Akismet is by far the most popular anti-spam plugin available for WordPress (not to mention one of the most popular plugins of any type), with well over 11 million downloads at the time of writing.
It is developed by the folks over at Automattic, and is completely free for personal use (and just $5 per month for commercial blogs). It is a titan – no other anti-spam plugin comes close to it in terms of number of downloads.
But there are alternatives. And if the huge disparity in number of downloads between All in One SEO Pack and WordPress SEO by Yoast is anything to judge by, the number of downloads a plugin attracts is not necessarily a fair reflection of its functionality.
With that said, is Akismet truly the best anti-spam solution for WordPress?
How Does Akismet Work?
Akismet was first released way back in 2005, and has been continuously developed over time in an effort to combat spam in the most effective way possible.
Every time a new comment, trackback or pingback is submitted to your site, Akismet grabs it (along with a whole host of related data), and carries out “hundreds” of tests to determine whether or not it is spam.
Akismet essentially has its finger on the pulse of the WordPress community, and as such, has an enormous amount of data which it can utilize to determine whether or not a comment is spam.
I was keen to learn more about Akismet’s inner workings, but unfortunately, the developers declined my request for an interview.
Does Akismet Work?
In theory, the process by which Akismet filters spam sounds impressive. And in fairness, it is. Akismet blocks almost every single spam comment that hits my blog. But there’s a problem – it can get a little overzealous.
In a 14 day period between 29th June and 13th July, Akismet blocked 653 spam comments on my blog. I checked through every single one, and found that of those comments, 5 were not spam – they were entirely genuine comments left by well-meaning readers.
To me, this represents a serious issue. My (admittedly brief) experiment demonstrated that 11 legitimate comments on average would be blocked by Akismet, per month. That’s a little under 10% of the total legitimate comments on my blog per month. That’s a hefty percentage.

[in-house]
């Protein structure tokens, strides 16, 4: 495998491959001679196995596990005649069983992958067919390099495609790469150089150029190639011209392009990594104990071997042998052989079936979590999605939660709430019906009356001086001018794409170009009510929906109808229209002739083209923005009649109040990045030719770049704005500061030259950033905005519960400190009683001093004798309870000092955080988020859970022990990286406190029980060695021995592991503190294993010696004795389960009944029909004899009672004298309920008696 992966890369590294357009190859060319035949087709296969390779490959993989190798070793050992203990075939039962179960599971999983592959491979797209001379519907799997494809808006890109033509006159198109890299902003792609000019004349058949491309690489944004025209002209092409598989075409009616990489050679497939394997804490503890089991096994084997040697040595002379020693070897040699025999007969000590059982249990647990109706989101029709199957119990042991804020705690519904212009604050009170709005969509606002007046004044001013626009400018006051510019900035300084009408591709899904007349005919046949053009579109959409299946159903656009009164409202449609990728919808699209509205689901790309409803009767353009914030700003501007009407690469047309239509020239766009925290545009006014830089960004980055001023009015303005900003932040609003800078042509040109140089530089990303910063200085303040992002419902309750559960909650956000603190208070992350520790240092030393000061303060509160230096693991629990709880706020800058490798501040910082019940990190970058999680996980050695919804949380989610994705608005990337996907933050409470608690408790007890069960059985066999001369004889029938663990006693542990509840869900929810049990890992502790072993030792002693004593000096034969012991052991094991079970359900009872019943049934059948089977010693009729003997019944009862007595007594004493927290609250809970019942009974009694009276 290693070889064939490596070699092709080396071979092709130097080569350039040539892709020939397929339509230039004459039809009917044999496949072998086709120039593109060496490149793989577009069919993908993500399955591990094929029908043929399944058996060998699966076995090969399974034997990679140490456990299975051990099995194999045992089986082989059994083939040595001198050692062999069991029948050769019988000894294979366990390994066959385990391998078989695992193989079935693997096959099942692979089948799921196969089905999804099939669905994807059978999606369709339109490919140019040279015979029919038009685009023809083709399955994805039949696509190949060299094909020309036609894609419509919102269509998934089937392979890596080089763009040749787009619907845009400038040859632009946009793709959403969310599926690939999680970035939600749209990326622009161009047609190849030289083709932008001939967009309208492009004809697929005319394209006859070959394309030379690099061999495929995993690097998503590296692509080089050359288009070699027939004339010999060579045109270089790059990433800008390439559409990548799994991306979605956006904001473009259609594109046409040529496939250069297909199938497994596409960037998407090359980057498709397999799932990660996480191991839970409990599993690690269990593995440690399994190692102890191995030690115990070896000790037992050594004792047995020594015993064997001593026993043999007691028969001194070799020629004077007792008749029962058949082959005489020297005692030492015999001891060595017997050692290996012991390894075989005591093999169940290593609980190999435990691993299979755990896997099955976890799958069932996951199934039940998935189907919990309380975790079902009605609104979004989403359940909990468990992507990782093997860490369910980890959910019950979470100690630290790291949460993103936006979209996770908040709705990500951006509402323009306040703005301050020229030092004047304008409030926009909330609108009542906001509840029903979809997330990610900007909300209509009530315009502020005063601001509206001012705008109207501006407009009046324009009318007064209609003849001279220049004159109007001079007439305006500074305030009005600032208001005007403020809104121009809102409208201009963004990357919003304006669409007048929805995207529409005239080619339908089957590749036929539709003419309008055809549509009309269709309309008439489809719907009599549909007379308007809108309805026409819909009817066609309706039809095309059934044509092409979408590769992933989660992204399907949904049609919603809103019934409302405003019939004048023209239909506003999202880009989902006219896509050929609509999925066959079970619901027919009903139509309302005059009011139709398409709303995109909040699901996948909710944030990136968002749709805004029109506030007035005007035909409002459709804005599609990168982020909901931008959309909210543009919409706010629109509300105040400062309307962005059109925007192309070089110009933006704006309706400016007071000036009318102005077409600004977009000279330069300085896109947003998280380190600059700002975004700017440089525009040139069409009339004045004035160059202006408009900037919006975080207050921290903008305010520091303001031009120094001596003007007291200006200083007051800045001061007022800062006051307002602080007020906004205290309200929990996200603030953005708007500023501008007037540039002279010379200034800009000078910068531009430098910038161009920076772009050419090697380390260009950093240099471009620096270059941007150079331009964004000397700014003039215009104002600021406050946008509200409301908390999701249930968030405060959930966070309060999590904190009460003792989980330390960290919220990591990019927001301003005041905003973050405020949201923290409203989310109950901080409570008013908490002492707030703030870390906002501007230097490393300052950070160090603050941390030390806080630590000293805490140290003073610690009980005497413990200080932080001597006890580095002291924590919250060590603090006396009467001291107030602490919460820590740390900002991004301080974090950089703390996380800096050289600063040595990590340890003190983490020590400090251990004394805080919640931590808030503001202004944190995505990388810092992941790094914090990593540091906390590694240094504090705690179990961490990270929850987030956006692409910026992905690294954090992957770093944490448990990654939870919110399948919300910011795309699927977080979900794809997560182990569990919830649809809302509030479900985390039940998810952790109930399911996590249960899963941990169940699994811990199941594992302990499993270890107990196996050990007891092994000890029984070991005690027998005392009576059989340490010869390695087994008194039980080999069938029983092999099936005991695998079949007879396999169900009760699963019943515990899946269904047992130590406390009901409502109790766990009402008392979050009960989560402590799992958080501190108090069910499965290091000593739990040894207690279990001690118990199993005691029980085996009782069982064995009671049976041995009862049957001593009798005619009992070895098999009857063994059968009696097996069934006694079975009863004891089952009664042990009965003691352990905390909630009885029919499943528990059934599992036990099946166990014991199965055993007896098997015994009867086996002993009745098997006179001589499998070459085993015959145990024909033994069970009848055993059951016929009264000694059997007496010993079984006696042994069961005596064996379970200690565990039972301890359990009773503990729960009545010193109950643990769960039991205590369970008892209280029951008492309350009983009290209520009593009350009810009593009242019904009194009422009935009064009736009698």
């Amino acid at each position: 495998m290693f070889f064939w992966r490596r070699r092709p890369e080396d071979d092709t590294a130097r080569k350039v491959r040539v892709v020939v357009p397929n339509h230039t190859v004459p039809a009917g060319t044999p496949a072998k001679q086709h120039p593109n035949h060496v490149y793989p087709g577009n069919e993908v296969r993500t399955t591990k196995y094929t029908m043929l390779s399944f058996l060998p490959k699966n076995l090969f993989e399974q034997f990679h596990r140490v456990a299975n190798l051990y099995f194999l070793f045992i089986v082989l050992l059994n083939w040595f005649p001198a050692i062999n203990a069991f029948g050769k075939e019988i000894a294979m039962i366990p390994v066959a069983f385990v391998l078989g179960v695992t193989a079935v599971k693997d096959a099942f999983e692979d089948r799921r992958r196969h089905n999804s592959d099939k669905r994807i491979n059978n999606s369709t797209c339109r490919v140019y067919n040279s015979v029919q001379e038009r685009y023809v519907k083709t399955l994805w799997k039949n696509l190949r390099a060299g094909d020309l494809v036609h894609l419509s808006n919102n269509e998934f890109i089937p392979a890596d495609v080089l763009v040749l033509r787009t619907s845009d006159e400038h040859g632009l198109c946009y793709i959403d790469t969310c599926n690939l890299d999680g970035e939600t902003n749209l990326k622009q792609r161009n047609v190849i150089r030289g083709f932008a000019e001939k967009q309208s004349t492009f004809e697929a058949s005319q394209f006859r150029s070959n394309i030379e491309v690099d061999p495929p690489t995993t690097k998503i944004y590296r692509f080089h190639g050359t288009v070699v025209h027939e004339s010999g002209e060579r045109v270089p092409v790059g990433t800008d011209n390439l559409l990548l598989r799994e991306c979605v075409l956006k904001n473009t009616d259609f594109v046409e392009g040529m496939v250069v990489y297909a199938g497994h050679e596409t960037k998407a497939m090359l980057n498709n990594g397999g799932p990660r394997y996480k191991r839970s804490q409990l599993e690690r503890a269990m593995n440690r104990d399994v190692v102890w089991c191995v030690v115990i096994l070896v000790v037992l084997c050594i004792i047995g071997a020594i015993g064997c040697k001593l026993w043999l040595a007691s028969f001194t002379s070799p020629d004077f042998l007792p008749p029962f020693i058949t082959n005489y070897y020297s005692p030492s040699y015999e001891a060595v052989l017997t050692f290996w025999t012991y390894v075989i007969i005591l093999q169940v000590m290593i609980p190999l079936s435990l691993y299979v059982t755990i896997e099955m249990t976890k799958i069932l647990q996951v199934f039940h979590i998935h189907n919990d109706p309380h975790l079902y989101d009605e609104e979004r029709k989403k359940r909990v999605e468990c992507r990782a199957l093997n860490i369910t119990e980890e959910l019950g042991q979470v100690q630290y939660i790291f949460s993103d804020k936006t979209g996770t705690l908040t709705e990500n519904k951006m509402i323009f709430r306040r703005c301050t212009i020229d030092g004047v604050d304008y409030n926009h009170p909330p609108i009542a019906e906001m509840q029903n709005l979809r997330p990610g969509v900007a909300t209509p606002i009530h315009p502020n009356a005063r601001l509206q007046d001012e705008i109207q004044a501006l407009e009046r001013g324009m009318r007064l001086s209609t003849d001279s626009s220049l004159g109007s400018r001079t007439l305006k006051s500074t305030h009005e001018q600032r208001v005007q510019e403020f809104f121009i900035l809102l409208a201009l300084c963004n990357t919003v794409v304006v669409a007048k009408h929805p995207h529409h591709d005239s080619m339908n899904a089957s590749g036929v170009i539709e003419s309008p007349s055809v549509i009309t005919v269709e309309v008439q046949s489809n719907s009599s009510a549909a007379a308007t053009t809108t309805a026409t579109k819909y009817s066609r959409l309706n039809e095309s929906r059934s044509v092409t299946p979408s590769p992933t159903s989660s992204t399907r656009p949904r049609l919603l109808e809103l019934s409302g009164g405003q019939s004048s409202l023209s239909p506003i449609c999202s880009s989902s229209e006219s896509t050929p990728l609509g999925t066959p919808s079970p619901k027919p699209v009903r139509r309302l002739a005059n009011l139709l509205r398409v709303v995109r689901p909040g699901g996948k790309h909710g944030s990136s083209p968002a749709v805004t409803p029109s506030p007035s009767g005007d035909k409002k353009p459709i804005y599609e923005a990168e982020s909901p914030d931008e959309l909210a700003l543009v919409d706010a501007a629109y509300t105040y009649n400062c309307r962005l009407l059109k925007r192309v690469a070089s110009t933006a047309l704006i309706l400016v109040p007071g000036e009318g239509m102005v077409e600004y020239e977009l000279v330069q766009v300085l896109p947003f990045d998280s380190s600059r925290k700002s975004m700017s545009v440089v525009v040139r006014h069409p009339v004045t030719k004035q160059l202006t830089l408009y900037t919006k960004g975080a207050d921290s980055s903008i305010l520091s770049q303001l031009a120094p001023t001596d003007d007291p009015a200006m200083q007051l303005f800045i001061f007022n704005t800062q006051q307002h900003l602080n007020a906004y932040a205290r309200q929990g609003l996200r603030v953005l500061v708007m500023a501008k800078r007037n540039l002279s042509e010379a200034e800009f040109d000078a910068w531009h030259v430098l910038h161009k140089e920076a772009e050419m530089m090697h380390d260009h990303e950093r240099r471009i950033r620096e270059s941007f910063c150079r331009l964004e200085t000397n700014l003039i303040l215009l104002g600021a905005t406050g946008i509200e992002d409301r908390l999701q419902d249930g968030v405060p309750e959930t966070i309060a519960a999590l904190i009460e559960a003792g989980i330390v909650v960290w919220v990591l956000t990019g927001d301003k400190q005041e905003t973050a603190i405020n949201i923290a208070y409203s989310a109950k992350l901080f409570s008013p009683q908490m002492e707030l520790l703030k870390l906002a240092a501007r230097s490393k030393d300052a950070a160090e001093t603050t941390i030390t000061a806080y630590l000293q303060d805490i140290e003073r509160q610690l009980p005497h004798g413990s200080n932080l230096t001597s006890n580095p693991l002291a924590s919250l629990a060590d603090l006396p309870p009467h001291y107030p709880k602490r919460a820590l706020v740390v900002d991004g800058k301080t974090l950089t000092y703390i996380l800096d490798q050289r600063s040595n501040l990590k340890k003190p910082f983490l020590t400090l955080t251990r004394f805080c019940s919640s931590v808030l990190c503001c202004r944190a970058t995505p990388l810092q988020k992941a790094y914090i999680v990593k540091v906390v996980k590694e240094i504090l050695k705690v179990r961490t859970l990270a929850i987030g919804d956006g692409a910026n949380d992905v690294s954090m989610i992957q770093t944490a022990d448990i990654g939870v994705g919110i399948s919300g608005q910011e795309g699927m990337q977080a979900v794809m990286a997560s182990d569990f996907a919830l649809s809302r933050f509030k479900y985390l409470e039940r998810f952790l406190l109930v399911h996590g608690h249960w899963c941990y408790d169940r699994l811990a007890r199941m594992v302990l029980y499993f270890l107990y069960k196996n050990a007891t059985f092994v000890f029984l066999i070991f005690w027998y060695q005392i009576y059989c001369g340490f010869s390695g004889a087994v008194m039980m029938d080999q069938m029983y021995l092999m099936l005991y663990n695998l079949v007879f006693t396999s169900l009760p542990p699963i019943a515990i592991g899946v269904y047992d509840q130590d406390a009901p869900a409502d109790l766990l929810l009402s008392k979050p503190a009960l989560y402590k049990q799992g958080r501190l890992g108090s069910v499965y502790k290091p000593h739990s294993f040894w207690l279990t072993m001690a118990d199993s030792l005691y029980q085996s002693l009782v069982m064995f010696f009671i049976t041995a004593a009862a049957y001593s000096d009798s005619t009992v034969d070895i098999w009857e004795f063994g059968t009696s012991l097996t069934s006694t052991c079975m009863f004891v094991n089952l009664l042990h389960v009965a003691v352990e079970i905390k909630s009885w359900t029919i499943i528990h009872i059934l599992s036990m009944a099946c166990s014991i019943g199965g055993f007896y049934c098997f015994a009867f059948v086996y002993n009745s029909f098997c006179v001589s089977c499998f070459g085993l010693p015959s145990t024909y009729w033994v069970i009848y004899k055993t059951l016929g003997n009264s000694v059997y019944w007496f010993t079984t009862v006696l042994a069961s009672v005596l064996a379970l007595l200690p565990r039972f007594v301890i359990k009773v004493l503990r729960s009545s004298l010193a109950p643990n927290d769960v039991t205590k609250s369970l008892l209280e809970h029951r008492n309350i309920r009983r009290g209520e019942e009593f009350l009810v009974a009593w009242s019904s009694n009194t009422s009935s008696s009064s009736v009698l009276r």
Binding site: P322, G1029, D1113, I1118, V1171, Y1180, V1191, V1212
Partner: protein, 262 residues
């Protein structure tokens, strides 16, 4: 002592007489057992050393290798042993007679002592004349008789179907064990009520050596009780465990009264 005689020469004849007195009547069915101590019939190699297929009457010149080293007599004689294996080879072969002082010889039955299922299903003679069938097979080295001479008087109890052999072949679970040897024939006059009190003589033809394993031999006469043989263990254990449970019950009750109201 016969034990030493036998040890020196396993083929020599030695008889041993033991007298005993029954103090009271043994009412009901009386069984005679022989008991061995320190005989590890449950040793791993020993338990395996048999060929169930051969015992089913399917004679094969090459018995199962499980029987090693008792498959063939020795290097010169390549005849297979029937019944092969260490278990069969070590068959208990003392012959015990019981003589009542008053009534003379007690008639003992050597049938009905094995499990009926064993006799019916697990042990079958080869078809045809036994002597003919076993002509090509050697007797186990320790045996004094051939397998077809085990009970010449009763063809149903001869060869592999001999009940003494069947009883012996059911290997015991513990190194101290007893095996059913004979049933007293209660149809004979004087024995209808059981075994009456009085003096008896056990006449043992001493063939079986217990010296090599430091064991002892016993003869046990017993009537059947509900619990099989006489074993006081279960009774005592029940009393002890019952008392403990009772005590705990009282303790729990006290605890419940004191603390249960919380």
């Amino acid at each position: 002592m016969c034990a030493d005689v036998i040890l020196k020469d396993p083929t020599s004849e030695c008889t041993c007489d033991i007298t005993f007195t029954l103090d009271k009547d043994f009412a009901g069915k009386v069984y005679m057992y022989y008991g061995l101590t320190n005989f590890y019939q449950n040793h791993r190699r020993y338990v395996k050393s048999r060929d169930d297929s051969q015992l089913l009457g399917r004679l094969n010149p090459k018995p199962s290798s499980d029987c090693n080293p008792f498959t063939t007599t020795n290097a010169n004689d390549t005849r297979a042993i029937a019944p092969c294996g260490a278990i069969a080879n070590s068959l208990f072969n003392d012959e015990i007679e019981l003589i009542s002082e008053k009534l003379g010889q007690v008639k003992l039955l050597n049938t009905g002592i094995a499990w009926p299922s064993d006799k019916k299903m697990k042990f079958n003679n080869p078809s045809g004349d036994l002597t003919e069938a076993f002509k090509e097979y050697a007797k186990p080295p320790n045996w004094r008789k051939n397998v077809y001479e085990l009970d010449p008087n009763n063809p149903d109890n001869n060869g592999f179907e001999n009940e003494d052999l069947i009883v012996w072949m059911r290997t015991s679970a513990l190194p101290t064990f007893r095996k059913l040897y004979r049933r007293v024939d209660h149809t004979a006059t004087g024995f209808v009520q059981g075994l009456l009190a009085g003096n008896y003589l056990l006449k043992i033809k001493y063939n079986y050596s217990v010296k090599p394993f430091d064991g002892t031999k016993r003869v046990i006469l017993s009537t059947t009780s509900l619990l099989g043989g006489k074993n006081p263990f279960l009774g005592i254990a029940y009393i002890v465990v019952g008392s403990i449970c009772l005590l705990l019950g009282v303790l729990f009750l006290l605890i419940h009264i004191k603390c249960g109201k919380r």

Is There a Better Alternative?
The purpose of this post is not to bash Akismet – far from it. But it is not perfect, and I wanted to check if there was a better alternative.
At a glance, Growmap looks like a great anti-spam solution. After all, it has an astonishing 4.9 rating on WordPress.org. However, it hasn’t been updated since November 2010, and in that time, has only attracted around 36,000 downloads.
The fact is, Growmap is great at doing one thing – blocking automated spam. As far as I can tell, it does a near-flawless job and preventing spambots from submitting comments.
However, it fails comprehensively on two fronts – trackbacks/pingbacks, and human spammers. Trackbacks/pingbacks are not handled at all by Growmap (you have to seek out another plugin to take care of that), and all human spammers have to do is check a box that asks if they are a spammer in order to get their post past the plugin. Unfortunately, human spammers are not the most honest of people.
Something I found out very quickly (literally within hours) after installing Growmap was that human spammers are rather prevalent. I had three spam comments before I could even draw breath. It soon became apparent that Growmap wasn’t going to get the job done.
Before this case study, I had not actually heard of Antispam Bee. However, it is a popular plugin, with nearly 250,000 downloads and a rating of 4.2 on WordPress.org.
To be quite frank, I don’t understand why. My experiment with Antispam Bee led to three spam comments slipping through the net within the first three days.
In short, it seems to be far less effective than Akismet.
Is Akismet Still King?
So Akismet isn’t perfect – we know that. However, the two main alternatives failed me comprehensively. It would seem that in order to protect myself from spam, I must accept that a percentage of my readers’ comments will never see the light of day.
But that is just the findings of one man – now I want to turn this over to you. What plugin do you use for spam protection? And what are your experiences with it?
Let us know in the comments section!
Creative Commons image courtesy of freezelight